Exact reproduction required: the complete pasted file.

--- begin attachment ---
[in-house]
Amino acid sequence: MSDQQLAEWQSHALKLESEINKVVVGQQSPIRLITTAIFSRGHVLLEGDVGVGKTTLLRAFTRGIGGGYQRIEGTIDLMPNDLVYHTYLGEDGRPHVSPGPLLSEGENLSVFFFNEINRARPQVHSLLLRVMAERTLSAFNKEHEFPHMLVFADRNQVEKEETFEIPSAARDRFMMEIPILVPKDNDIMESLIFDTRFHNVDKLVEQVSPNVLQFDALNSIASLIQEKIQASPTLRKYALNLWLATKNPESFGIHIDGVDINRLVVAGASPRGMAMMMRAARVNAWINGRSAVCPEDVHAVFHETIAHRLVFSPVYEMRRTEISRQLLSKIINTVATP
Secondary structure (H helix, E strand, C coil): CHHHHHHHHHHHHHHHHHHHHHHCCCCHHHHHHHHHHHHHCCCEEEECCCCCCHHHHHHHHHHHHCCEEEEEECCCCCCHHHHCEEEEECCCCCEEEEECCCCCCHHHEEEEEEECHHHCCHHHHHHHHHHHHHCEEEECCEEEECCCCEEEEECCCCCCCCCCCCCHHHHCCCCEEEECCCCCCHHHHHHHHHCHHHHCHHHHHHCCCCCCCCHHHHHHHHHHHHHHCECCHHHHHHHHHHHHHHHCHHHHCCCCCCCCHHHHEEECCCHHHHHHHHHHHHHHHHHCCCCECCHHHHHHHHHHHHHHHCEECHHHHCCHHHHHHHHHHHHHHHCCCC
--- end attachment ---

[in-house]
Amino acid sequence: MSDQQLAEWQSHALKLESEINKVVVGQQSPIRLITTAIFSRGHVLLEGDVGVGKTTLLRAFTRGIGGGYQRIEGTIDLMPNDLVYHTYLGEDGRPHVSPGPLLSEGENLSVFFFNEINRARPQVHSLLLRVMAERTLSAFNKEHEFPHMLVFADRNQVEKEETFEIPSAARDRFMMEIPILVPKDNDIMESLIFDTRFHNVDKLVEQVSPNVLQFDALNSIASLIQEKIQASPTLRKYALNLWLATKNPESFGIHIDGVDINRLVVAGASPRGMAMMMRAARVNAWINGRSAVCPEDVHAVFHETIAHRLVFSPVYEMRRTEISRQLLSKIINTVATP
Secondary structure (H helix, E strand, C coil): CHHHHHHHHHHHHHHHHHHHHHHCCCCHHHHHHHHHHHHHCCCEEEECCCCCCHHHHHHHHHHHHCCEEEEEECCCCCCHHHHCEEEEECCCCCEEEEECCCCCCHHHEEEEEEECHHHCCHHHHHHHHHHHHHCEEEECCEEEECCCCEEEEECCCCCCCCCCCCCHHHHCCCCEEEECCCCCCHHHHHHHHHCHHHHCHHHHHHCCCCCCCCHHHHHHHHHHHHHHCECCHHHHHHHHHHHHHHHCHHHHCCCCCCCCHHHHEEECCCHHHHHHHHHHHHHHHHHCCCCECCHHHHHHHHHHHHHHHCEECHHHHCCHHHHHHHHHHHHHHHCCCC